In light of the difficult conditions, PE firms have employed new approaches to getting deals done. Acquisitions now require a much more cautious approach, and a characteristic of the transactions completed in the past few years has been the time put aside for their completion. Deals in the current climate take longer because they require more thorough due diligence. However, this leaves greater scope for arguments over price, and sponsors are increasingly weighing the need for the seller to sell as part of their diligence, notes Mr Naylor. “Creative techniques are being used to bridge valuation and financing gaps such as vendor financing, earn outs and deferred payments, as well as partial sales, enabling the seller to retain an equity stake. Sellers, while still using auction processes, are often pre-marketing businesses to gauge buyer appetite and price ranges, with the disposal remaining confidential. The twin-track process, where a trade sale and an IPO are run in tandem, remains popular, notwithstanding the fickle nature of most European stock exchanges, though the costs means that this is only really appropriate for the higher end of the market.”
What then is the future of PE activity in the region? At the opening of 2013, what can we expect for the year ahead? Mr Naylor’s prediction is mixed. “As long as uncertainties remain about the euro, M&A activity will remain slow, with LPs and international sponsors focusing on opportunities elsewhere, particularly in developing countries and the US,” he says. “For domestic funds not exposed to currency risk, opportunities remain but over-performance needs to be generated by management improvements rather than leverage or multiple arbitrage. There remains massive overcapacity in European private equity and to date, with limited exceptions, there has been little in the way of consolidation. Given the long term nature of private equity funds, many sponsors will simply wind down their fundraising activities and go into long term run off, living off the annuity created by ongoing management fees. Unless political and economic risk begins to bottom out, it seems PE activity could continue to suffer.”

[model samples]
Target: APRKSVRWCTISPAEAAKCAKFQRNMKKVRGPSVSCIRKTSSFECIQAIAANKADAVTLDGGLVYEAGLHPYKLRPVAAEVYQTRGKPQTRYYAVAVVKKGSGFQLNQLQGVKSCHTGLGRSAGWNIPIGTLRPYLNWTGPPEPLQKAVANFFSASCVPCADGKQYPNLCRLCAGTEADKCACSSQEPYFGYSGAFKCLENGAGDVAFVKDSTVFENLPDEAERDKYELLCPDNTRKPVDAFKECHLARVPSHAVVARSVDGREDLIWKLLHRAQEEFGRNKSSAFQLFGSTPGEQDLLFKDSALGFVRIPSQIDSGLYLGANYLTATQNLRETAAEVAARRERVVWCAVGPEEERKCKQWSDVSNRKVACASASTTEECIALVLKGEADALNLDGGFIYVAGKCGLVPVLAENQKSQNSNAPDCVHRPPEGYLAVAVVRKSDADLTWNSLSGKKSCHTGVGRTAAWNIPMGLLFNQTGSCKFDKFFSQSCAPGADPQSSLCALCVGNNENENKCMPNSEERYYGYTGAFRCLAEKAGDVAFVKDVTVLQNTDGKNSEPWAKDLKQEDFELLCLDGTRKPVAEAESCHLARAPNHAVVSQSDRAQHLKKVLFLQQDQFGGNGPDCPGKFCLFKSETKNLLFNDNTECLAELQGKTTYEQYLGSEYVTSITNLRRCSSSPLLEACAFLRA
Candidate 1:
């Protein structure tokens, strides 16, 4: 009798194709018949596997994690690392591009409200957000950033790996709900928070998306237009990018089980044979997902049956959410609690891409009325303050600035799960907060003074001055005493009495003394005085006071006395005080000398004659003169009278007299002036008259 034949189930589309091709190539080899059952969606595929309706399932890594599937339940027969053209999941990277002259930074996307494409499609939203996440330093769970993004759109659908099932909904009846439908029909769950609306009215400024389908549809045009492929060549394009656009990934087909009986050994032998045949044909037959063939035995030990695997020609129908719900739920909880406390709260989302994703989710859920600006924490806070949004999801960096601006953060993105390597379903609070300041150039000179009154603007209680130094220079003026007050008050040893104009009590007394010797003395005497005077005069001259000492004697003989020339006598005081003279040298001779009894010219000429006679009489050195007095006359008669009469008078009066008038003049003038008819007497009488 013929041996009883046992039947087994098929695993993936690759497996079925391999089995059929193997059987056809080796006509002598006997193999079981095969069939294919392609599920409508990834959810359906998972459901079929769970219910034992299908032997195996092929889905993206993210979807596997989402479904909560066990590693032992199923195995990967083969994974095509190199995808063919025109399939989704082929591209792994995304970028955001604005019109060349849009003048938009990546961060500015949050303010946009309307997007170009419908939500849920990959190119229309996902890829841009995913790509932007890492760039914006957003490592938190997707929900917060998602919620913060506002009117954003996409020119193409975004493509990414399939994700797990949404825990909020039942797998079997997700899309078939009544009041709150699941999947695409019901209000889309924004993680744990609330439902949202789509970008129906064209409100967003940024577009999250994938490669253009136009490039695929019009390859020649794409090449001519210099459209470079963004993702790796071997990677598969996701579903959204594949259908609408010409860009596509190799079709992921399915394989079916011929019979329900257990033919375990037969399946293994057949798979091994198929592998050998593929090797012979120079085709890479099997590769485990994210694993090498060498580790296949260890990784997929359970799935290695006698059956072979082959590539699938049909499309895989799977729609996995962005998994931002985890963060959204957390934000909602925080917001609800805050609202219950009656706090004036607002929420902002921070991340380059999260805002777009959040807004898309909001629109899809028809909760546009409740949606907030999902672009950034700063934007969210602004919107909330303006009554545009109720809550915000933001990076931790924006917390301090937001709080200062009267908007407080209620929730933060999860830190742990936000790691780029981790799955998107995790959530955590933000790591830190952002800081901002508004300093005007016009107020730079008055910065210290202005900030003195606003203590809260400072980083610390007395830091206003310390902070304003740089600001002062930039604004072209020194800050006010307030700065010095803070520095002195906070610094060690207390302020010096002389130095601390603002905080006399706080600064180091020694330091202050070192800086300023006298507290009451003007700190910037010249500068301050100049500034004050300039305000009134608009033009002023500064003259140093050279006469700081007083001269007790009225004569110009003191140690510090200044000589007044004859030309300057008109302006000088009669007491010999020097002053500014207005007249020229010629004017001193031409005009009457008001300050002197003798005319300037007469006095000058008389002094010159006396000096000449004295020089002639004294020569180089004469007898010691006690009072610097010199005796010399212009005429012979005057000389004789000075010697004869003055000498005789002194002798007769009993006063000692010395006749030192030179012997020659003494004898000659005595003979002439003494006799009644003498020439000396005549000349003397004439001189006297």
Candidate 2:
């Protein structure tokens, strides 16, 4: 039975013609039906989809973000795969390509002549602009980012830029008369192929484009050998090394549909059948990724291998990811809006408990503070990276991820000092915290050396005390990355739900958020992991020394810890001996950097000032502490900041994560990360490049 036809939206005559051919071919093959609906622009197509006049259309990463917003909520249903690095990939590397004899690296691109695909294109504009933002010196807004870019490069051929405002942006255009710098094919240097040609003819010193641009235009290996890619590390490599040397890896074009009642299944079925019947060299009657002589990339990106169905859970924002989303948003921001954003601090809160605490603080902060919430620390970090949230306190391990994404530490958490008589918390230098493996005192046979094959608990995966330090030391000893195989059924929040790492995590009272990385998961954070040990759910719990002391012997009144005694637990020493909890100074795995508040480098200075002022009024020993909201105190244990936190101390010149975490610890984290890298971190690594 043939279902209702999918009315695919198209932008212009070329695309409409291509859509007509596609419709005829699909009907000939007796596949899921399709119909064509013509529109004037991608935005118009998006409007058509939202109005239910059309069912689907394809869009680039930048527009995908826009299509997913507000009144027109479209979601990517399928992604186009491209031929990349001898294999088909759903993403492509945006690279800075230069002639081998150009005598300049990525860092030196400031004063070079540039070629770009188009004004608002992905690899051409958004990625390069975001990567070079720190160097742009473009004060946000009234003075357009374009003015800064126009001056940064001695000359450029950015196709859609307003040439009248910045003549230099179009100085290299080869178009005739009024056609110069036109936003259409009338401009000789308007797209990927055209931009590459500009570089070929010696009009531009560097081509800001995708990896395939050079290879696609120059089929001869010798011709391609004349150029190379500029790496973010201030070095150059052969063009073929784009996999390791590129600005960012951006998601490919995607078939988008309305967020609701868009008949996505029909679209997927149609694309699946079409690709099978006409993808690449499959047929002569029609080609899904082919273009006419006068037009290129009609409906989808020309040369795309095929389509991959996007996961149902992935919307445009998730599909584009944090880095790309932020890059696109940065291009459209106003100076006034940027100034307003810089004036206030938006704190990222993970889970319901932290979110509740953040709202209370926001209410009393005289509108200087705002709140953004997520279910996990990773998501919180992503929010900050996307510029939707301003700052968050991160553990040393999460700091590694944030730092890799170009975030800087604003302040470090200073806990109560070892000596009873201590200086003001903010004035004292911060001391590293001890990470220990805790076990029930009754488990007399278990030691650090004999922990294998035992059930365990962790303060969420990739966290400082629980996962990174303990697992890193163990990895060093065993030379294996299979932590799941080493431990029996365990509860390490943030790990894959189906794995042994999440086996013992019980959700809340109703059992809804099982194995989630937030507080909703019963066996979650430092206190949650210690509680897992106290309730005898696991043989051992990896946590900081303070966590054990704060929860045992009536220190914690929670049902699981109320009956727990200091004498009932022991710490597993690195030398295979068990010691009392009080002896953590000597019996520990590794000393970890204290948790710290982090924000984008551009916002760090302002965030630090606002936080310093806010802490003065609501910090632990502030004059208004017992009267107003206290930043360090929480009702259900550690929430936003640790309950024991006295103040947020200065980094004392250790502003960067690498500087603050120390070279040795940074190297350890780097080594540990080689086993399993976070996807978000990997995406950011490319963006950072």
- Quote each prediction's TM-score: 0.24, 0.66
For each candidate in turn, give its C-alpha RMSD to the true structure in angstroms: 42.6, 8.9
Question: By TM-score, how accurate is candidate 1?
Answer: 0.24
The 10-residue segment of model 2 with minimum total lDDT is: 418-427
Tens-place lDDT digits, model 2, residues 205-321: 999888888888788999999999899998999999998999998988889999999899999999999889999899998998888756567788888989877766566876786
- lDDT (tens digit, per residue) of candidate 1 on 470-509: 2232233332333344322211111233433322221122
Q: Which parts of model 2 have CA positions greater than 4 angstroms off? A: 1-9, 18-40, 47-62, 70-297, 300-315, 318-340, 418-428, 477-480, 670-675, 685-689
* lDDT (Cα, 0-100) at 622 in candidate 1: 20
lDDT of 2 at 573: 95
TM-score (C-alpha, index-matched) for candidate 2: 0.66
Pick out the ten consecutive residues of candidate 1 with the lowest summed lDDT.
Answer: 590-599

But despite any major shift in the European economic landscape looking unlikely, Mr Langer retains some optimism for the role of PE in the immediate future. “The macroeconomic environment will continue to be relatively unfavourable, and deal selection will continue to be very important, but PE will remain an important form of ownership for private companies, so activity will increase slowly as the market gains confidence. PE has demonstrated its ability to be a better owner of businesses, helping them survive and grow, and many business managers will want to access this source of capital and expertise. PE funds and related debt funds will provide an increasing share of debt to mid-market private companies.”
Though PE investment in Europe has stalled in recent years, given the political and economic atmosphere of the region, it has proved relatively resilient. And, given the success of fundraising, there are clearly many who see opportunities in the market. It is an uncertain time, but perhaps it is the right time to act. As William Conway, co-founder and chief executive of the Carlyle Group, told Bloomberg, “it is precisely in times like this, when economic data and markets are sending confusing signals, that the best investments can be made.” While most continue to steer clear of Europe, there is evidently the potential for huge profits for investors who step where others fear to tread, and, even if only for the sake of maintaining a diverse portfolio, European private equity should continue to play a meaningful role.